‘Best interview ever’ gets ball rolling for Bronwyn

One morning 10 years ago, Bronwyn woke up and discovered she couldn’t get out of bed. Since then life has turned upside down for the Dubbo resident and her husband Stewart.

“We got married in 1975 and worked together in the hospitality trade from that point on, me as a chef and Bronwyn as a waitress – both very active professions,” says Stewart. “So it was quite a shock when it happened.”

“The only thing we’d noticed leading up to the crisis was that she was losing her balance, but that was it really.”

Bronwyn’s mother contracted scarlet fever while carrying Bronwyn and this caused damage to Bronwyn’s pancreas, which led to the onset of diabetes when she was 20. But there was no way of knowing that her mother’s illness would come back to haunt her 36 years later.

“We battled on for a few years – Bronny could only walk with me leading her from the front. Finally a few years ago a new neurologist was appointed at Dubbo Hospital and after a few tests, it turned out that Bronny’s condition wasn’t diabetes but something very unusual.”

The diagnosis was spinocerebellar ataxia, which affects the nervous system. In Bronwyn’s case it has left her with no balance, no feeling in her left side and no sensory perception in her feet and legs, as well as affecting her speech. She now relies on a wheelchair to get around.

“It might sound strange but once I found out what Bronny’s condition was, I was relieved. Not knowing was terrible,” says Stewart.

With neither Bronwyn nor Stewart having any family close by, Stewart had to carry the load of working and caring for Bronwyn until a couple of years ago, when an assessment by an occupational therapist led to some support from the NSW Government including respite care.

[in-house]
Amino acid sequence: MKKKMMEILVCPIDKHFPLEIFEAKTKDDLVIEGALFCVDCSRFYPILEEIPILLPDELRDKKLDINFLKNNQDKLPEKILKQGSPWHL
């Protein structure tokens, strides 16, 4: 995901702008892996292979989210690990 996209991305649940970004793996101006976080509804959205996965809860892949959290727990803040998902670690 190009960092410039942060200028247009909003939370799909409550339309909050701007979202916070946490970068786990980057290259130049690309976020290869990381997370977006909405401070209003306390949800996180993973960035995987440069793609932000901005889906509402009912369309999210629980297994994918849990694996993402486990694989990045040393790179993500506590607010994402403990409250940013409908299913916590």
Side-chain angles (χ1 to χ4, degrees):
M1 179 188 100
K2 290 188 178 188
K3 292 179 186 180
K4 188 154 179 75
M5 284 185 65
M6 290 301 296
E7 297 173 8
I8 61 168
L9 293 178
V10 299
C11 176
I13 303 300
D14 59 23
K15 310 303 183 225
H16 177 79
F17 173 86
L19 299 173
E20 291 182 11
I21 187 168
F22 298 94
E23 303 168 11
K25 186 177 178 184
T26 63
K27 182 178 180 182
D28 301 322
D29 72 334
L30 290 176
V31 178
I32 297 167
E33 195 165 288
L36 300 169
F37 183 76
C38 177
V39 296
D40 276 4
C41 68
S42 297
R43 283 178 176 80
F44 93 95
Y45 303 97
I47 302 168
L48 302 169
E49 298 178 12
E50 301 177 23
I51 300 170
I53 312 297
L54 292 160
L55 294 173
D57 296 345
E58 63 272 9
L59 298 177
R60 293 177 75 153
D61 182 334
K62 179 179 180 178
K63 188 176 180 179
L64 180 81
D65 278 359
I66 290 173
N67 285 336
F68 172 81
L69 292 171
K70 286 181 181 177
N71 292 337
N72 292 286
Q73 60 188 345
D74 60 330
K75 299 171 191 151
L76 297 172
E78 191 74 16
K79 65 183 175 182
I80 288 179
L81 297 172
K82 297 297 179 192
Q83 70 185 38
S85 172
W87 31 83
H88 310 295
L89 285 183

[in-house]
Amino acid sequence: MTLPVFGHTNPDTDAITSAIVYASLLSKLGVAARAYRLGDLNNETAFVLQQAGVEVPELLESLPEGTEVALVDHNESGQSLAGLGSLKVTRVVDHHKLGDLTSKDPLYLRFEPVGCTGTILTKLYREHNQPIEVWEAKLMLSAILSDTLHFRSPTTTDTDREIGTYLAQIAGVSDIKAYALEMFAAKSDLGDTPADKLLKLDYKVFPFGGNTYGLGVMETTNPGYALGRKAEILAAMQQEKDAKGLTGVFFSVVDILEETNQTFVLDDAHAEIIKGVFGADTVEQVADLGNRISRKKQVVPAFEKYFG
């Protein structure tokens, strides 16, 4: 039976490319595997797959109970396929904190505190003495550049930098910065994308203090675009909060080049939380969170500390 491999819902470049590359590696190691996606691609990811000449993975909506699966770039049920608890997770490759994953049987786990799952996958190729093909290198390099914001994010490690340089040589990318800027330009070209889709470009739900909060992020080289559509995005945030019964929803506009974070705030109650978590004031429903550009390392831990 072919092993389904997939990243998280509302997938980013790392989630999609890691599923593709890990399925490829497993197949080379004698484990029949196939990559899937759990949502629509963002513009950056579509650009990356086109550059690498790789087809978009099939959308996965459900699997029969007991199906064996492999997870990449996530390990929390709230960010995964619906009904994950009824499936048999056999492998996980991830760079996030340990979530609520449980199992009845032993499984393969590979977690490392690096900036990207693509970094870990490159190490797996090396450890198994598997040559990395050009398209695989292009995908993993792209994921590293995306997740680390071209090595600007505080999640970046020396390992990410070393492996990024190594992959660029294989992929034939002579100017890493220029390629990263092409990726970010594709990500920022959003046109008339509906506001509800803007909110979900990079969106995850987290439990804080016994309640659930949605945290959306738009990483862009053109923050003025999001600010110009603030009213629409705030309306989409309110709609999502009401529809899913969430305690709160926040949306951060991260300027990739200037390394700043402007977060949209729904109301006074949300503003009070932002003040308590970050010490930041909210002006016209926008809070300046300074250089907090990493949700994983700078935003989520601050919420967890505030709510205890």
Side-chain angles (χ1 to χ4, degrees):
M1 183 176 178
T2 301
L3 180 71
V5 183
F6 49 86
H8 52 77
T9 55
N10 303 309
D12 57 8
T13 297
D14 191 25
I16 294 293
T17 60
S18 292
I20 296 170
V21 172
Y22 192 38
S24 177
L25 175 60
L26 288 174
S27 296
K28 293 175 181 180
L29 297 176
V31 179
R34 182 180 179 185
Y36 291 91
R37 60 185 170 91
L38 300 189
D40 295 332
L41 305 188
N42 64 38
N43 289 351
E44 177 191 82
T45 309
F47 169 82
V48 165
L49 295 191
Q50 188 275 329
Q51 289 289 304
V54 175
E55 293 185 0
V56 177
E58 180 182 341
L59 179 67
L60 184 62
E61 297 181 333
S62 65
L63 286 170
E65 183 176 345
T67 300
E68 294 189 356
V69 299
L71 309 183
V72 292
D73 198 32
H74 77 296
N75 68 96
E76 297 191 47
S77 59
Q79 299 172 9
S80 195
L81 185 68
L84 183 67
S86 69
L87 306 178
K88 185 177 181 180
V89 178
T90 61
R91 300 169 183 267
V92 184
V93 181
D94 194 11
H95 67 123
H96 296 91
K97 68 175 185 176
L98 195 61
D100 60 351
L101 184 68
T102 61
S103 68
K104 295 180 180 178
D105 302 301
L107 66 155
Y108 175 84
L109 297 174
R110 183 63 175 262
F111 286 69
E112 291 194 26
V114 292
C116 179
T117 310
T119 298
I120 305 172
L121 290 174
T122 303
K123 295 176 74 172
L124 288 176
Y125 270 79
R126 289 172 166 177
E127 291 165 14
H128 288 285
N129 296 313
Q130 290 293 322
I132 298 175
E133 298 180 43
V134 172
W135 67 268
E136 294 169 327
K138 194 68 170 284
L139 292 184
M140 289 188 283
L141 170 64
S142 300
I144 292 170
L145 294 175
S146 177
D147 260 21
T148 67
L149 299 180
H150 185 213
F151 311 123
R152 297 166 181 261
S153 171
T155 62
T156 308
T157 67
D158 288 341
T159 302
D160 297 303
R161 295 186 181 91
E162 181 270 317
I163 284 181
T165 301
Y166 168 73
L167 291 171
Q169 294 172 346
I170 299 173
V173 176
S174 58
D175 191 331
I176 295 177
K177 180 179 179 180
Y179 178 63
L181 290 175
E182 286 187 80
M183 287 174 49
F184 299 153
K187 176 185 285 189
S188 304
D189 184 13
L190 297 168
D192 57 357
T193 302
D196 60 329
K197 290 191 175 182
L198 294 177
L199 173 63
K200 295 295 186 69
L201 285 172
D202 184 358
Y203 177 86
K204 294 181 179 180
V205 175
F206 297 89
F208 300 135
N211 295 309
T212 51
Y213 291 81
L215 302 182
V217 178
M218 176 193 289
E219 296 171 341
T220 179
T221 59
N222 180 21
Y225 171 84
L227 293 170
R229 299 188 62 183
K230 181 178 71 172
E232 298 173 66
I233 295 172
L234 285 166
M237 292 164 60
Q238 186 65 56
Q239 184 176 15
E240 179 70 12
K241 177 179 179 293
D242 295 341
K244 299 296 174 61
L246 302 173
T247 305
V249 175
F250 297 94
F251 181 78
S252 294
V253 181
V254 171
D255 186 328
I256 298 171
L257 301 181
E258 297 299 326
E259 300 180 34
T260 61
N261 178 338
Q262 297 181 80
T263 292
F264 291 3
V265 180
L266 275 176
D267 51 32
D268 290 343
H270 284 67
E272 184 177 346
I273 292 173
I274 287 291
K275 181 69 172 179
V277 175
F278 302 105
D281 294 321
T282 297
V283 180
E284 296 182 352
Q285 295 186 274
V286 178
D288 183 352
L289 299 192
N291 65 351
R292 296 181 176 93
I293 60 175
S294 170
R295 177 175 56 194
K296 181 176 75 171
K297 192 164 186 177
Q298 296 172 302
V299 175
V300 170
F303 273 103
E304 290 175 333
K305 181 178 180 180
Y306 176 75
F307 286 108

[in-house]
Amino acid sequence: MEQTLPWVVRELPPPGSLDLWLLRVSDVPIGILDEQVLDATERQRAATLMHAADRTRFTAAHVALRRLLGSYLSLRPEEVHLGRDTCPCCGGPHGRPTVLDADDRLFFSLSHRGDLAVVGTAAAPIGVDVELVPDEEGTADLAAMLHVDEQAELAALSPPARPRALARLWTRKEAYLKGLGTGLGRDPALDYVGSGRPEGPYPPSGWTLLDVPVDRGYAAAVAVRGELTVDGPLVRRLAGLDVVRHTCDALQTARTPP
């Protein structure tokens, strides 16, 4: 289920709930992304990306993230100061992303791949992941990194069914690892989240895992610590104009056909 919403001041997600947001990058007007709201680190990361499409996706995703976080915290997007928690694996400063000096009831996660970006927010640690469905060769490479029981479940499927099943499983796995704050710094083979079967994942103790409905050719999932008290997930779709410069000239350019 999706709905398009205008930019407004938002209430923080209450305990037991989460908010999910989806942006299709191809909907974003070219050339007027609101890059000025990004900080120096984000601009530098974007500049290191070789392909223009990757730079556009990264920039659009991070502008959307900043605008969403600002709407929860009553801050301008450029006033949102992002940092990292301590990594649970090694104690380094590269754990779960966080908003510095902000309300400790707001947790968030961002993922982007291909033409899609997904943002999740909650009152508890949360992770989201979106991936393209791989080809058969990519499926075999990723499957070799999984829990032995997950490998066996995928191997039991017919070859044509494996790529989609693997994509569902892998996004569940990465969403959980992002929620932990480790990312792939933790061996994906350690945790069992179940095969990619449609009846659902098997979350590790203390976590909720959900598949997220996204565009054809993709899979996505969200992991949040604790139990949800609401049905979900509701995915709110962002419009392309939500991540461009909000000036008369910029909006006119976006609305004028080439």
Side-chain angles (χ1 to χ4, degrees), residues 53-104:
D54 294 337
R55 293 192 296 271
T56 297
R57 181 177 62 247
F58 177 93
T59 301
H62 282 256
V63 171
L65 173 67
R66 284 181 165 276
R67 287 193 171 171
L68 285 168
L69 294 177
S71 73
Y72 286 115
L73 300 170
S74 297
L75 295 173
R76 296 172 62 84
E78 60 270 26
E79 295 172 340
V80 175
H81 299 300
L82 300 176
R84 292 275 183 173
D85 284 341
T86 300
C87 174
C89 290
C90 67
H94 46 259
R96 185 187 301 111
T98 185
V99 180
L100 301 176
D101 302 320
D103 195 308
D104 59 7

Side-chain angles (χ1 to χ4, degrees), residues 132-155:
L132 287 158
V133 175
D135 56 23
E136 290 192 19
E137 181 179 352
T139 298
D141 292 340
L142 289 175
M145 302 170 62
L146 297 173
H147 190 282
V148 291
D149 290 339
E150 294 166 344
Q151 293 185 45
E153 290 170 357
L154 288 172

In the meantime Stewart paid for modifications to the couple’s bathroom, kitchen and bedroom out of his own pocket.

Just over a year ago the couple received a letter from the NDIS, which led to a pre-planning interview with Social Futures Local Area Coordinator (LAC) Jessie.

“It was literally the best interview I’ve ever had, because she gave us every little detail about what the NDIS could do for us to support Bronny’s needs,” says Stewart.

Bronwyn’s plan came through a few weeks later. Following recommendations from an OT report, Stewart was able to purchase a mobile hoist for use in the bedroom and bathroom, purchase a hi-lo bed, redo the decking outside the back door, and get in-home support every day and respite care every night – all with National Disability Insurance Scheme (NDIS) funding.

“I do split shifts at work so to have someone come in and prepare Bronny’s lunch every day has been fantastic. They also take her for excursions and read her books – reading has always been one of her passions.”

Five months ago Stewart wrecked his shoulder and had to have an operation.

“I couldn’t seem to organise any extra help with my existing support provider so I rang Jess and explained the situation to her. Within days Jess had managed to find a support service who were able to provide extra support for 8 weeks while I was in recovery.”

“Now I’m back at work and our lives are back on track but we wouldn’t have been able to make it without Jessie’s help. She has gone out of her way for us.”

“We got married in 1975 and worked together in the hospitality trade from that point on, me as a chef and Bronwyn as a waitress – both very active professions,” says Stewart. “So it was quite a shock when it happened.”